ISTANBUL -- The strategic Persian Gulf island of Bahrain, scene of continuing protests since early last year by the majority Shiite Muslims against the Sunni minority monarchy, is on the verge of severe disruption, the State Department warned Tuesday.
“We are worried that the society is moving apart,” a senior official told reporters on a background telephone briefing. “It is clear that if the society breaks apart, Iran will be the winner and the beneficiary,” he said, urging both sides to enter into an immediate dialogue.
Among the reasons for the disruption, he cited the monarchy’s failure to institute reforms it had agreed to one year ago, political opponents who are turning increasingly to violence and the police, who are routinely using excessive force.
“We have enormous security interests” in Bahrain, said a second senior official, referring to the U.S. 5th Fleet, which is home ported there. But he added that the United States has to balance its strategic interests with its interests in encouraging reform.
Bahrain, with a population of 1.2 million, is connected by a causeway to Saudi Arabia, which sent forces in last spring to back up the government, over the loud protests of Iran, which has repeatedly expressed its concern for the well-being of the island’s Shiite majority.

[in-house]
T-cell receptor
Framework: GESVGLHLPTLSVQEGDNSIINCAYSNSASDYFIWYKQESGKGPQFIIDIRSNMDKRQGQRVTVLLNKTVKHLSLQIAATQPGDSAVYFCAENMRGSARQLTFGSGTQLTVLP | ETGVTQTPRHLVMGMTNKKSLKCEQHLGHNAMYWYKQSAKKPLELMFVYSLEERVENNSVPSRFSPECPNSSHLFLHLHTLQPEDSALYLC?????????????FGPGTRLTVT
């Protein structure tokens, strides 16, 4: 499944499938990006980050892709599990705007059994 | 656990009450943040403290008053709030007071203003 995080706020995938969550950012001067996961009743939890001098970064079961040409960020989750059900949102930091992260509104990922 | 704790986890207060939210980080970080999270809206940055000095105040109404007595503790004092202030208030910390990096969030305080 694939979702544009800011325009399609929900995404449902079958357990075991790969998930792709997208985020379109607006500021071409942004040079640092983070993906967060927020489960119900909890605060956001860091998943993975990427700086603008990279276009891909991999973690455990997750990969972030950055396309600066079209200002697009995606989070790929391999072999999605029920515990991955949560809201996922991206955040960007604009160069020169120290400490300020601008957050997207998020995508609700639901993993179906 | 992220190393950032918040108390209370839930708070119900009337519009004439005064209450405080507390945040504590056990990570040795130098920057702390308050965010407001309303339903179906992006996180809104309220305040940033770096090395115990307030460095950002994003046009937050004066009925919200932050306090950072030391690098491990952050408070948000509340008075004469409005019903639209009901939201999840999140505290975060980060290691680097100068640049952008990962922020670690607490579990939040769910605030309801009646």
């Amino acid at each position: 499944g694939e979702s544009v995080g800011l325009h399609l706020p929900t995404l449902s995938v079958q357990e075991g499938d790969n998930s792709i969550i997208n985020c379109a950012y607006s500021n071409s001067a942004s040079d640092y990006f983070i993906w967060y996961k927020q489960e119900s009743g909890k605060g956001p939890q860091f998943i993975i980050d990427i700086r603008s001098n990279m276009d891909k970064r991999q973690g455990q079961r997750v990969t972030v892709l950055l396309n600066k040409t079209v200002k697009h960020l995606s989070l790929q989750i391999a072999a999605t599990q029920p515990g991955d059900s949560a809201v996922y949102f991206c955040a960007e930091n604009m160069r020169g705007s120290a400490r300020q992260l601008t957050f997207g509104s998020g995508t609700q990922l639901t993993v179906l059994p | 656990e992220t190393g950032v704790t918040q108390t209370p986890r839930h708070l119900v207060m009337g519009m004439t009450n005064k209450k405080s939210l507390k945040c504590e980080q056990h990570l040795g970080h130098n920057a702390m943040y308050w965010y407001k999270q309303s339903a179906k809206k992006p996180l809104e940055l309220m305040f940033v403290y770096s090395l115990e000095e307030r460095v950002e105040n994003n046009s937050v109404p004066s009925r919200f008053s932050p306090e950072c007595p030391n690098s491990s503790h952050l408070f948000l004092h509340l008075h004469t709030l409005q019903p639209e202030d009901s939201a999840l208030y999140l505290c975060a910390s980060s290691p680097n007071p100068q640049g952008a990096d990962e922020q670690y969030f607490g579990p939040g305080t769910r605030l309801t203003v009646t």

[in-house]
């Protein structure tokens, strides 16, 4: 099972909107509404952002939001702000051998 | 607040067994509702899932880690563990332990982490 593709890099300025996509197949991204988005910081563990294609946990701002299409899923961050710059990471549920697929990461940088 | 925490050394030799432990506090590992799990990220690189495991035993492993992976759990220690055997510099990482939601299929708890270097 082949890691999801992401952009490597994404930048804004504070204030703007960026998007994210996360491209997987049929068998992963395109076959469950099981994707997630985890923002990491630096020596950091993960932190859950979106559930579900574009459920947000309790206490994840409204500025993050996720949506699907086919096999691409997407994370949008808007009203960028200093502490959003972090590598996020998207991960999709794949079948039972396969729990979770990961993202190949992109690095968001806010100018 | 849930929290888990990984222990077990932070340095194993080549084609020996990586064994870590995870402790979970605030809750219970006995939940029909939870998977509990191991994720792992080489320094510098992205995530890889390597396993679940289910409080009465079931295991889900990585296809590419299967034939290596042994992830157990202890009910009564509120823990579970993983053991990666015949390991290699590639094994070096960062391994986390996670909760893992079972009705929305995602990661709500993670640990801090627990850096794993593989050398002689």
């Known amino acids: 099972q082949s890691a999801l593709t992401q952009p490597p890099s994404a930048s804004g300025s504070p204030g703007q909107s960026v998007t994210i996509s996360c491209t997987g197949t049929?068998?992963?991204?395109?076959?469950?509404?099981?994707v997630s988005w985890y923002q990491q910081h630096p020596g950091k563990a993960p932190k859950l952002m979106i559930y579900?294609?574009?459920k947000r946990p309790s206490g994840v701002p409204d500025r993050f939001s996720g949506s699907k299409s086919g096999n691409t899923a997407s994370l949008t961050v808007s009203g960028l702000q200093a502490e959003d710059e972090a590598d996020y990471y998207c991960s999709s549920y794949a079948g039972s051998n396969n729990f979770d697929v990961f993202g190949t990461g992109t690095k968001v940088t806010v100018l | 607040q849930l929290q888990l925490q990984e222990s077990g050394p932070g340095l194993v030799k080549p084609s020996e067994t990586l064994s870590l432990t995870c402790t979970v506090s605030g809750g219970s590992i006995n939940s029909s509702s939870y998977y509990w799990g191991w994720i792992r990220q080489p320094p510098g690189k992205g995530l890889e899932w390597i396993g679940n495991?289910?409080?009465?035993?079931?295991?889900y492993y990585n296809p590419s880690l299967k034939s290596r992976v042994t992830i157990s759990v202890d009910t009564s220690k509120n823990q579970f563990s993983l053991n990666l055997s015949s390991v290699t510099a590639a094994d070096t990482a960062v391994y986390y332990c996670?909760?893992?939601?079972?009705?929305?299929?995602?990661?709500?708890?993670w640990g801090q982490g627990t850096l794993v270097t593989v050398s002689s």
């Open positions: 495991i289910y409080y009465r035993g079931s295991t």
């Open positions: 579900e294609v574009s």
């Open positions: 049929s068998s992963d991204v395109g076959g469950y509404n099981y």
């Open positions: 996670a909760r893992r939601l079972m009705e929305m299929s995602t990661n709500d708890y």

One of the prime functions of the U.S. Navy in the Gulf is to maintain open shipping lanes and the flow of oil to the industrialized world. Sunni Saudi Arabia, a close U.S. ally, has long vied for influence against Shiite Iran, which has three times its population and has been hostile to the United States since clerics took power in the 1979 revolution.
The State Department called the briefing in advance of the one-year anniversary Friday of a human rights review chaired by Egyptian-American legal scholar Cherif Bassiouni, which called for extensive political reforms and for accountability for the widespread human rights abuses in the 2011 protests.
Reporters were invited to join the news conference on condition that neither official be identified by name.
Not only has the government failed to deliver on the most critical reforms, but it has taken several major steps backward in the past month, stripping 31 Bahrainis of their citizenship and banning all political protests. “We have concerns about bans on demonstrations and taking away citizenship,” the first senior official said.
In addition, the most prominent human rights campaigner on the island, Nabeel Rajab, was sentenced in August to three years in prison for organizing and participating in illegal demonstrations early in 2012.
The anniversary offered the government of Bahrain the opportunity to review the past year and to “narrow the gap between itself and the opposition,” the second senior official said. “We are quite worried about the fact that we’re not seeing any active efforts to try to bridge that gap in any meaningful way.”
The Bassiouni commission “gave people a sense of hope,” instituting a reform process and creating an environment that would outline a common future, the first senior official said.
In fact, prosecutions of state officials have lagged and victims of torture and unlawful incarceration have had little or no closure. “What’s unfortunately happened, on accountability, on the hardest issues, is the government has not followed through,” he said.